Wednesday, April 20, 2011

Day 41 - Training Tips Anyone?

The barn was really busy tonight, horses in all of the turn out areas, 5 or 6 horses in the arena, and a lot of commotion.  Marley is fine on the ground with all that is going on most of the time, but under saddle he can be a little silly around the other horses.  I've mentioned it before, but for some reason he doesn't want to go anywhere near them.

It was the same thing today, except he was much more apprehensive than usual.  He started whinnying and flipping his head and was very nervous.  I contemplated getting off of him and lunging him, but I decided that I needed to stick with my decision to get on in the first place.  I rode it out basically, continuously asking Marley to keep moving forward when he wanted to stop and start hollering.  I just asked him do simple tasks that he already knows and just kept treating him as I wanted him to behave, not how he was behaving.  I don't like to pet Marley and talk to him too much when he is so worked up, not because I don't want to calm him down, but because I would be inadvertently reinforcing that type of reaction.

When only one horse remained in the arena with us, Marley completely chilled out.  I trotted him out, letting him stretch his nose to the ground and ride on the buckle.  When the other horse left, I took off his saddle and bridle and rode him bareback with the halter (in the rain) which I think he really liked.  It completely refocused his attention on me, as I have never gotten on his back without a saddle, and I was glad to end our not-so-awesome day with that.

So, if anyone has any advice or tips on getting Marley to relax around other horses (and seriously by relax I mean go within 15 feet of them) it would be much appreciated.  On the ground he doesn't seem to have the same hangups, and he is wary of the other horses, but he isn't horrible.  He really gets a lot of confidence from me going first.  So far, anywhere I walk he gladly follows, but that dynamic is totally different when I'm on his back.  He has been really comfortable and relaxed so far in his under saddle training, but this problem seems to be progressing despite my efforts so it's time to try something new.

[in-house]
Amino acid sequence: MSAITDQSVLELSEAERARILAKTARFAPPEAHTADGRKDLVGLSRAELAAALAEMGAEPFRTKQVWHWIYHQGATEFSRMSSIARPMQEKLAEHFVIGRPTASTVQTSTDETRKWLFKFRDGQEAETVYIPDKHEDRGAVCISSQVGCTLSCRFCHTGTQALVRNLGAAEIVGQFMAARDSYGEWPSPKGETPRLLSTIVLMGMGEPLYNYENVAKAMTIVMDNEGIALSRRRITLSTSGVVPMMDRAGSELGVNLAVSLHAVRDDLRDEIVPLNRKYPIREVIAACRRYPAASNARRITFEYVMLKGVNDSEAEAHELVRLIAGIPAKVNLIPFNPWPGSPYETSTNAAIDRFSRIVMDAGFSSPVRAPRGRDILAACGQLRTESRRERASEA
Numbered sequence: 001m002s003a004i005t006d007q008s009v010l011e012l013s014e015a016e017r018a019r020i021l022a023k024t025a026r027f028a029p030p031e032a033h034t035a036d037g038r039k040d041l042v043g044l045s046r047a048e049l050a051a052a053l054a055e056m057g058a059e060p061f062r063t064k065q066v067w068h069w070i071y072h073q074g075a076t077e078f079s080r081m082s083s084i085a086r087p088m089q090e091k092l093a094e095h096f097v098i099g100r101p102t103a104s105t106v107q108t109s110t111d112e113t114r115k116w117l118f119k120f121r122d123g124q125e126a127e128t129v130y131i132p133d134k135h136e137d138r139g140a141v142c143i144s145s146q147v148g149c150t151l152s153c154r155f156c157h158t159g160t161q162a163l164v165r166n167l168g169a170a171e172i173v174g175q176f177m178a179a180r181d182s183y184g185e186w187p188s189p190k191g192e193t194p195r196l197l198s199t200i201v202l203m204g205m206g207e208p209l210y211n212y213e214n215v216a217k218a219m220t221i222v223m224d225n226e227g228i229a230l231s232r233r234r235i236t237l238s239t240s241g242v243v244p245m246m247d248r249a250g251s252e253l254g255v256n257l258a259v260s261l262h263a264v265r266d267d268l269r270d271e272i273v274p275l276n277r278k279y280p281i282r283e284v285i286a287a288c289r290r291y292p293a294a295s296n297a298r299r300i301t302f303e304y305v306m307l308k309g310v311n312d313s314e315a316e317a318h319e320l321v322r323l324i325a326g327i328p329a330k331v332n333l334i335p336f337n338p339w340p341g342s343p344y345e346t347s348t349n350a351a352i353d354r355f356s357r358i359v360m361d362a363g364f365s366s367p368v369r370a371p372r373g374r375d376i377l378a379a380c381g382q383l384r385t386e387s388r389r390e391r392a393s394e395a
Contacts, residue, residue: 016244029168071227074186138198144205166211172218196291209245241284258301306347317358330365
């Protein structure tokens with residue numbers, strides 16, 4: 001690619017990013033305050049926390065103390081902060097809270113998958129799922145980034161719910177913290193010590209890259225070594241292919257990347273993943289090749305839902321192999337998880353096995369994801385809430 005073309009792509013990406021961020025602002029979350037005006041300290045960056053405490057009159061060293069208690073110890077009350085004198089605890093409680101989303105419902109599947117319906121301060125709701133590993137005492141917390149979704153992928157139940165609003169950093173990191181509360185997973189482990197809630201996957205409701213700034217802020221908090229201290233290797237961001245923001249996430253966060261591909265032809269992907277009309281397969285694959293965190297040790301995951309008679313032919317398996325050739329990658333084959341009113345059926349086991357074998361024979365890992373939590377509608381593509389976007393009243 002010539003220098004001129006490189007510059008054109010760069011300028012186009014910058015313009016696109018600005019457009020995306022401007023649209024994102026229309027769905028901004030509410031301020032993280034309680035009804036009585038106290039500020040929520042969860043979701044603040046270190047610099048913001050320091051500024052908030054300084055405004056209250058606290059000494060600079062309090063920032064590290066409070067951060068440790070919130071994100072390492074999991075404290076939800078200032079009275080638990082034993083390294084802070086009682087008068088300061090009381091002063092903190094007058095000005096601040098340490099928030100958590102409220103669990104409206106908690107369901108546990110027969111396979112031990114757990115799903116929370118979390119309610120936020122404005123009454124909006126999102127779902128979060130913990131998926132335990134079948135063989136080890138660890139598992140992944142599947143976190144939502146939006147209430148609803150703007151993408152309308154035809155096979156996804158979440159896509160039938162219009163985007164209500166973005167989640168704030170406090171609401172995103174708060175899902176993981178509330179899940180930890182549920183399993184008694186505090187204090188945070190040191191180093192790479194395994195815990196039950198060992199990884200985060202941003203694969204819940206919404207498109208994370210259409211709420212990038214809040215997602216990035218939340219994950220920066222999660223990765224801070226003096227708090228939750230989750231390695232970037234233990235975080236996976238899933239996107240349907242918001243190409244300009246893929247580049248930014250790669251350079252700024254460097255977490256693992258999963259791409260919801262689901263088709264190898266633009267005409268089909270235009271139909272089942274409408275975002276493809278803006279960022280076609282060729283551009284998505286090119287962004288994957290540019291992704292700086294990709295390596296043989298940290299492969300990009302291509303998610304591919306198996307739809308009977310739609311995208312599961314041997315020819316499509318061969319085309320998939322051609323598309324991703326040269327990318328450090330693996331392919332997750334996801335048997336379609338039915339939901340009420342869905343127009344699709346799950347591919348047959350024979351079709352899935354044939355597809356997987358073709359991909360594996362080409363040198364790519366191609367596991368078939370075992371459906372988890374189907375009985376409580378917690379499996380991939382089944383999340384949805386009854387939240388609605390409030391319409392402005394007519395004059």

4 comments:

  1. I think it is just experience. If your barn is like mine a full arena is also full of chaos and the horses recognize that. My TB hates some of the reiners at my barn, every sudden movement, every kicking/yelling session freaks her out. The quieter/smoother reiners with no fighting she is fine with. I'm sure in Marley's world when the herd moved everyone was pretty much going the same place, I would think a ring full of horses just looks chaotic to him. He will adjust.

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  2. Allison BernsteinApril 21, 2011 at 5:17 AM

    If it was me.. (remember I have no experience with horses really haha) I would take a step back. Build a strong base behavior (you walking him around large groups of horses with his saddle on but you leading) Reinforce for all calm behavior, him approaching other horses without apprehension ect. Then when you feel he is good and calm in these situations get on him but start slow again this time start by having one horse around reinforce for the same things then slowly increase. You say he is fine with you leading so that step should not take to long but I would really make sure he is not showing any signs of being nervous around large groups with you leading before you get on him and start the second step. You were basically flooding him the other way which can work too so either way you go could work this is just a different idea for ya :) Hope it helps
    Allison

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  3. My suggestion--turn on a different emotion--turn on "seek." The best way to do that is with a clicker.

    I did this with my young horse, and now I can ask him to focus on me whenever he is distracted. My focus command is vibrating a rein. I taught him to lower his head, and clicked it so many times that he does it very readily and I get a very strong refocusing. (I seldom click it, now.)

    I suppose you could train any behavior--just as long as it gets his attention.

    If Cole gets really wound up, I clicker trained a solid halt and reinforced standing quietly so much that once I have him standing, he is glued to the ground regardless of the chaos--and there is a lot of it at our barn!

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  4. Lauren, I think the next time will be better. He just needs to have more opportunities to sort the horses and action out.
    I know some of these things are not in your control...you could try to give him a good low time when horses ARE around and then up the ANTE, when they leave (Making him work harder) Maybe that might make him appreciate the presence of other equines....
    I am plateaued also, Coppersmith does object to this and then that, but it means to step back and let things happen...Gabriele

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